Director: Satoshi Kon
It’s a dark time for the film industry. Recent revelations and allegations of sexual misconduct have cast a depressing fog over the art form that’s often eager to paint itself with an idealistic La La Land glow. In the midst of this comes a theatrical re-release of 1997’s cult-classic anime Perfect Blue – a psychological thriller with several prescient themes of misogyny, celebrity status and internet culture which cut deep into the dark side of show business.
Directed by acclaimed manga artist Satoshi Kon, Perfect Blue tells the story of a young pop-starlet named Mima. Once a member of the much-loved J-pop trio known as ‘CHAM’, Mima decides to leave her singing career behind her as she moves into an acting career. Initially taking a role in a pulpy TV crime thriller, Mima’s career takes a dark turn when she finds herself cast as in a challenging role as a victim of sexual abuse. As she also finds herself stalked by a crazed fan, Mima begins to lose her grip on reality with the lines between fact and fiction becoming increasingly blurred.
Originally released to a mixed critical reception to Western audiences, Perfect Blue has grown into a cult classic in the subsequent twenty odd years. Filmmakers like Terry Gilliam and Darren Aronofsky have cited the film as a source of inspiration, and its themes around the dangers of the burgeoning internet culture of the late 90’s remain surprisingly prophetic.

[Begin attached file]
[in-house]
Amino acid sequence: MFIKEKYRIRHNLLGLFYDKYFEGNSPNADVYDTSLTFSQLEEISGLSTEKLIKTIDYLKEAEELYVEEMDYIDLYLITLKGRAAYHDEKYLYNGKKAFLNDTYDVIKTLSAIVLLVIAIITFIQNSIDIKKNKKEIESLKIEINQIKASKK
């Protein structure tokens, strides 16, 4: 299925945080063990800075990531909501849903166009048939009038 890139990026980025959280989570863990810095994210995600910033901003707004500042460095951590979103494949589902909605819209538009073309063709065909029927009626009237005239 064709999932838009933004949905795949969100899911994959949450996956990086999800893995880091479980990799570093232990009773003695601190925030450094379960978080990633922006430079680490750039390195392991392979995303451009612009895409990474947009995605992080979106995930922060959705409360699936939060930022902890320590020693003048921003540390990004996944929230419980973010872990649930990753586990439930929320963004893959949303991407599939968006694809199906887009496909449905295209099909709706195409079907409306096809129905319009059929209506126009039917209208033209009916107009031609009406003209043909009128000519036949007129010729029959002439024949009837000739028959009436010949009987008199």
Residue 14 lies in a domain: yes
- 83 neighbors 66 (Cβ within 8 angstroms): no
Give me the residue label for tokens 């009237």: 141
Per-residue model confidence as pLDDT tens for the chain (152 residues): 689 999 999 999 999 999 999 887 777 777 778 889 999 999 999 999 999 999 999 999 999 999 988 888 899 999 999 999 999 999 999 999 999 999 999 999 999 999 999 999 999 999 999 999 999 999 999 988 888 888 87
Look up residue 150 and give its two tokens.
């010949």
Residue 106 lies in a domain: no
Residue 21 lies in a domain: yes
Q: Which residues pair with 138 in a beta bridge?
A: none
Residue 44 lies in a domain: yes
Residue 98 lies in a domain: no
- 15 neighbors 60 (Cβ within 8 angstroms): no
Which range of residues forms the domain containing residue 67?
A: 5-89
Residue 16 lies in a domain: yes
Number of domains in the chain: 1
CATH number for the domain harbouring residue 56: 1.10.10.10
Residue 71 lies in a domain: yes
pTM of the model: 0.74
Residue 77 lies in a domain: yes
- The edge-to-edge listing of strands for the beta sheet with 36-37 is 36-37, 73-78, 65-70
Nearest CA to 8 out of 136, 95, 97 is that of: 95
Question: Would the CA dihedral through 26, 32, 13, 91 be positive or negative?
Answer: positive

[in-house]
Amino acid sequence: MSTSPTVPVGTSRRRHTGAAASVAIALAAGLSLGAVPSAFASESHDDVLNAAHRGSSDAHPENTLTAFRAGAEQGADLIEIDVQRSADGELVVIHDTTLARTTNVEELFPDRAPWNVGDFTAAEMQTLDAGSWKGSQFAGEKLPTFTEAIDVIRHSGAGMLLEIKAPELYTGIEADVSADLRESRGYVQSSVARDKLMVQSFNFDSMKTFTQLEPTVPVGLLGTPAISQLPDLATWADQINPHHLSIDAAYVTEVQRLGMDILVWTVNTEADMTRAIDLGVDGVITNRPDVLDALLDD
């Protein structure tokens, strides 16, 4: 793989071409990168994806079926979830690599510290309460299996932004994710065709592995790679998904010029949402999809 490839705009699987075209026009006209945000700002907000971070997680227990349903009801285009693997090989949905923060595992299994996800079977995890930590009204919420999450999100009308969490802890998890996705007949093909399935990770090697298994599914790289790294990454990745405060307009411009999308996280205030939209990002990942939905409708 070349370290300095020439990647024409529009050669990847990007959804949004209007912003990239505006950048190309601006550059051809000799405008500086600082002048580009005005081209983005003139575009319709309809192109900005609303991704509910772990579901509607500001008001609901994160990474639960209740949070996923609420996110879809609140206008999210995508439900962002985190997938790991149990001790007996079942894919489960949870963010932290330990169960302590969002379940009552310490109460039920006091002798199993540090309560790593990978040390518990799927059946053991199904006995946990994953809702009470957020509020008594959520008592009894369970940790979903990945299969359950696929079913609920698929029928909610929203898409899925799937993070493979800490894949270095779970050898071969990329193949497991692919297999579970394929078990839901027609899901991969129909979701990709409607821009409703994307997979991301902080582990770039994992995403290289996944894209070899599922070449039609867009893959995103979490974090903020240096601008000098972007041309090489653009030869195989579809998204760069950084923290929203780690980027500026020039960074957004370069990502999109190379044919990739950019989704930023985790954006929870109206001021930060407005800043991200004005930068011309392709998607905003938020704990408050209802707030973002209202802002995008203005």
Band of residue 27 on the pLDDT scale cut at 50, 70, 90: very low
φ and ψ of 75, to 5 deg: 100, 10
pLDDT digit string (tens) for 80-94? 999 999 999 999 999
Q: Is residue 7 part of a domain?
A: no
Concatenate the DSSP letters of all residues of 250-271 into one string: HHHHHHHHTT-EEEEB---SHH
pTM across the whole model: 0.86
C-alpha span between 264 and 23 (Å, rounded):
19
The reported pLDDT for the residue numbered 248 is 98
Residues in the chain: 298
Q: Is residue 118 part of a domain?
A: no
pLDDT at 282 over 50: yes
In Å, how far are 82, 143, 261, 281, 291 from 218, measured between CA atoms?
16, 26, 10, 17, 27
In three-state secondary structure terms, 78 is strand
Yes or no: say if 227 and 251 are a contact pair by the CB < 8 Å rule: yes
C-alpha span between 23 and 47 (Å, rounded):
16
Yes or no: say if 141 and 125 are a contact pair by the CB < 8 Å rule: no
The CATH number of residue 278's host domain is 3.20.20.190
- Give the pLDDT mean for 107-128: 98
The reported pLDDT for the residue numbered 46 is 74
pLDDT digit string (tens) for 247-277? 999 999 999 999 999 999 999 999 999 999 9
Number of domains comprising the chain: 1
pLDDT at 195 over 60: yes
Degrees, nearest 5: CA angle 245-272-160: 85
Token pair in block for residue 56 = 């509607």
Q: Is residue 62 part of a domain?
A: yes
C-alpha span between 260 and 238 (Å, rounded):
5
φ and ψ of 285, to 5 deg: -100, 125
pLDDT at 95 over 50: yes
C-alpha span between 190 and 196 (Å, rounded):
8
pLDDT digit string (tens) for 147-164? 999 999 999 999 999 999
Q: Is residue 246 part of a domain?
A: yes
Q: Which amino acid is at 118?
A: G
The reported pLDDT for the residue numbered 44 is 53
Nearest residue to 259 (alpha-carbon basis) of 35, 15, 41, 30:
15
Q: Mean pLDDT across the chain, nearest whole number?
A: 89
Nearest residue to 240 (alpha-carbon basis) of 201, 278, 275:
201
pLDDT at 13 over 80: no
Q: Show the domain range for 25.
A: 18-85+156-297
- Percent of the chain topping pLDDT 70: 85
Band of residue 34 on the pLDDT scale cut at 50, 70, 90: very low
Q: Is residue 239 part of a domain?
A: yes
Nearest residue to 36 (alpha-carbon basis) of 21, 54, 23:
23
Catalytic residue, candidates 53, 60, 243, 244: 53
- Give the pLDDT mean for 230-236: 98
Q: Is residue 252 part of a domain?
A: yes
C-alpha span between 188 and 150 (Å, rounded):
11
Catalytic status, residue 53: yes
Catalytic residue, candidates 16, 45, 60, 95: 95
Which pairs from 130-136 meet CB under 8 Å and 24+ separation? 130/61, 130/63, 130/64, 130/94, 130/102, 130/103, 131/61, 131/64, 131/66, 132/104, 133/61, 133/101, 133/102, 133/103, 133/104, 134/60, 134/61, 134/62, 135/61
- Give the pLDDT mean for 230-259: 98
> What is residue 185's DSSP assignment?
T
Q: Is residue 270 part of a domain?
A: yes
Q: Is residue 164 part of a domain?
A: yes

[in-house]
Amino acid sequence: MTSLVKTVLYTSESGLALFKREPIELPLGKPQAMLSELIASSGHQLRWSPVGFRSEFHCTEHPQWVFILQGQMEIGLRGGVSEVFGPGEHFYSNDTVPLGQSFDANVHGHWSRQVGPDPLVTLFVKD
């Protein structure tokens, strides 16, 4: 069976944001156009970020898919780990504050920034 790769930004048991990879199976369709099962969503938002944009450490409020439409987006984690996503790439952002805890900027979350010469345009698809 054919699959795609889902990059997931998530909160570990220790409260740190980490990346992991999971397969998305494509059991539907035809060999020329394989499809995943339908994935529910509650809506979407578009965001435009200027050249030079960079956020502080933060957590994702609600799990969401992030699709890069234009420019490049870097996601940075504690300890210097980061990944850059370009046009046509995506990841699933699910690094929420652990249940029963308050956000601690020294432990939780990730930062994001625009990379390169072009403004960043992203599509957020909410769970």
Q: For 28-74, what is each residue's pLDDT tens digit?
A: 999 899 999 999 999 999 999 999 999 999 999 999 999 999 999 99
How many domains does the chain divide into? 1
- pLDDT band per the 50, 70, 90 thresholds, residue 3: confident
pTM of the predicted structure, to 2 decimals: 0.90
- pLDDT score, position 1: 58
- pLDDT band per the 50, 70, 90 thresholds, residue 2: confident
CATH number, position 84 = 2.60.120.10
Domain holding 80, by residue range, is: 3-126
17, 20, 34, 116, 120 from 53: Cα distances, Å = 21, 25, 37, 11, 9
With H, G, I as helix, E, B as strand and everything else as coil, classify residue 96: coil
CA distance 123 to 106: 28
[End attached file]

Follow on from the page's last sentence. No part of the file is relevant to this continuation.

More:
Outside of the film’s influence and continued relevance, Perfect Blue holds up as a gripping, disturbing and beautifully crafted work of anime. Satoshi Kon and screenwriter Sadayuki Murai keep the suspense building throughout the film’s brisk 81-minute runtime, with several stand-out sequences and a twisting narrative that leaves viewers frequently questioning what’s real and what’s not.
At times, the film also plays out like an animated Giallo movie, with one scene in particular evoking the beautifully orchestrated gore of Dario Argento’s finest set-pieces. Other moments have a dreamy quality not unlike the films of Christopher Nolan. From beginning to end, it’s easy to see the places where Perfect Blue’s influence has travelled and it still holds up as a tense and engaging psycho-thriller.
However, be aware that the film’s leering approach to sexual violence was shocking to many in 1997 and makes for doubly uncomfortable viewing with recent developments in the entertainment industry. Despite this, Perfect Blue remains a well-crafted thriller which still raises plenty of interesting questions around identity and celebrity culture.
Perfect Blue is released in selected cinemas from today, click HERE to book your tickets now!!!
Words by Stephen Leigh